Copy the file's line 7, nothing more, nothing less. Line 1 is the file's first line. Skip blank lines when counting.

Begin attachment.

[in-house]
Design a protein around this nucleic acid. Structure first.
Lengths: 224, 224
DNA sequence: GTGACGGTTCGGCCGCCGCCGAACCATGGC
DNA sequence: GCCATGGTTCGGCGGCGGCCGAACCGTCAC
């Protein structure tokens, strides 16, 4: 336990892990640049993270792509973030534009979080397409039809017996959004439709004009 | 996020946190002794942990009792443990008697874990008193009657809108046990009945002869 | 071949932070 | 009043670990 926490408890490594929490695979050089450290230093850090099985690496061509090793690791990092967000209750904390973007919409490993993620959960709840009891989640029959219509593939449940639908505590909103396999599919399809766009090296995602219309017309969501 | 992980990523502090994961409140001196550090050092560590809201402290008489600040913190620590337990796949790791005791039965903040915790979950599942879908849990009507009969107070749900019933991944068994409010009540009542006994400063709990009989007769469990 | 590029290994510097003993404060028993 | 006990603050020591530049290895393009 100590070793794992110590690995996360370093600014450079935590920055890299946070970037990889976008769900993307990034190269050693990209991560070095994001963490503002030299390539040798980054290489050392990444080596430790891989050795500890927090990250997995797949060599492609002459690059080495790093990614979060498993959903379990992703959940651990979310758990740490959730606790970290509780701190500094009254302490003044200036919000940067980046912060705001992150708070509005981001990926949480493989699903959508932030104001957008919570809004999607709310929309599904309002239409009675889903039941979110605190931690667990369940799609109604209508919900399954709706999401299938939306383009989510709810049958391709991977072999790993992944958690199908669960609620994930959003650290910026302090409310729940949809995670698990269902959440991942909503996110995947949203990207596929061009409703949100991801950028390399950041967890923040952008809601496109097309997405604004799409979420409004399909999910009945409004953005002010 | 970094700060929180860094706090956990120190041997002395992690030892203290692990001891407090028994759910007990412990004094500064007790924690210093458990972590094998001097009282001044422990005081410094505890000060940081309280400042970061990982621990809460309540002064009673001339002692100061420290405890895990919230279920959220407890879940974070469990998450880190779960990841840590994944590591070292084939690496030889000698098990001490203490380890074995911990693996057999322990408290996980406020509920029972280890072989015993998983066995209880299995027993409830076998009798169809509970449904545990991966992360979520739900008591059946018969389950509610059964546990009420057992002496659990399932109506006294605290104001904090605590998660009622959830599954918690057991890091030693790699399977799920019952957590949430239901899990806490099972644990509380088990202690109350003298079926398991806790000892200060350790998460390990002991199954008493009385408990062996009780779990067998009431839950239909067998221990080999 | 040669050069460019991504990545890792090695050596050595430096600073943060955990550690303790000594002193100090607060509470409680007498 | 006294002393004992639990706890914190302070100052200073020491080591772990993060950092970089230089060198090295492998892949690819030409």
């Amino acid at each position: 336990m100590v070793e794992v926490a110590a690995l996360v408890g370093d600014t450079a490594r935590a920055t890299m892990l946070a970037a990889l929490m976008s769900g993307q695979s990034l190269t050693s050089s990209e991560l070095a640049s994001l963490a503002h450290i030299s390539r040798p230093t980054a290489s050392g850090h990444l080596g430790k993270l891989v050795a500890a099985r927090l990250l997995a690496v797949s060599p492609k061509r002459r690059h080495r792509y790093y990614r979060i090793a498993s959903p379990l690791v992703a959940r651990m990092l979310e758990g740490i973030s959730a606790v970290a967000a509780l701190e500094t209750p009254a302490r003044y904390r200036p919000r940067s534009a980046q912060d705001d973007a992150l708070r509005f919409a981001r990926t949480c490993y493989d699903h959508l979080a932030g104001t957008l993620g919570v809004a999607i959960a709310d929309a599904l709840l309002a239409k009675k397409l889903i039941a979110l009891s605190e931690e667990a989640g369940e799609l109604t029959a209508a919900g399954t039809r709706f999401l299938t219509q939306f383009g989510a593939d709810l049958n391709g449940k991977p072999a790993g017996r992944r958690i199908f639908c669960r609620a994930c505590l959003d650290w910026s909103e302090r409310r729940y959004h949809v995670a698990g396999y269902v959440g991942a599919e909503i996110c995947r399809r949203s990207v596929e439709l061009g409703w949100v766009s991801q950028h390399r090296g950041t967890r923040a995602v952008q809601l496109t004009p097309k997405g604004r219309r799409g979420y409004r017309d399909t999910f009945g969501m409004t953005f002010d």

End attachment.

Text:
């Amino acid at each position: 336990m100590v070793e794992v926490a110590a690995l996360v408890g370093d600014t450079a490594r935590a920055t890299m892990l946070a970037a990889l929490m976008s769900g993307q695979s990034l190269t050693s050089s990209e991560l070095a640049s994001l963490a503002h450290i030299s390539r040798p230093t980054a290489s050392g850090h990444l080596g430790k993270l891989v050795a500890a099985r927090l990250l997995a690496v797949s060599p492609k061509r002459r690059h080495r792509y790093y990614r979060i090793a498993s959903p379990l690791v992703a959940r651990m990092l979310e758990g740490i973030s959730a606790v970290a967000a509780l701190e500094t209750p009254a302490r003044y904390r200036p919000r940067s534009a980046q912060d705001d973007a992150l708070r509005f919409a981001r990926t949480c490993y493989d699903h959508l979080a932030g104001t957008l993620g919570v809004a999607i959960a709310d929309a599904l709840l309002a239409k009675k397409l889903i039941a979110l009891s605190e931690e667990a989640g369940e799609l109604t029959a209508a919900g399954t039809r709706f999401l299938t219509q939306f383009g989510a593939d709810l049958n391709g449940k991977p072999a790993g017996r992944r958690i199908f639908c669960r609620a994930c505590l959003d650290w910026s909103e302090r409310r729940y959004h949809v995670a698990g396999y269902v959440g991942a599919e909503i996110c995947r399809r949203s990207v596929e439709l061009g409703w949100v766009s991801q950028h390399r090296g950041t967890r923040a995602v952008q809601l496109t004009p097309k997405g604004r219309r799409g979420y409004r017309d399909t999910f009945g969501m409004t953005f002010d």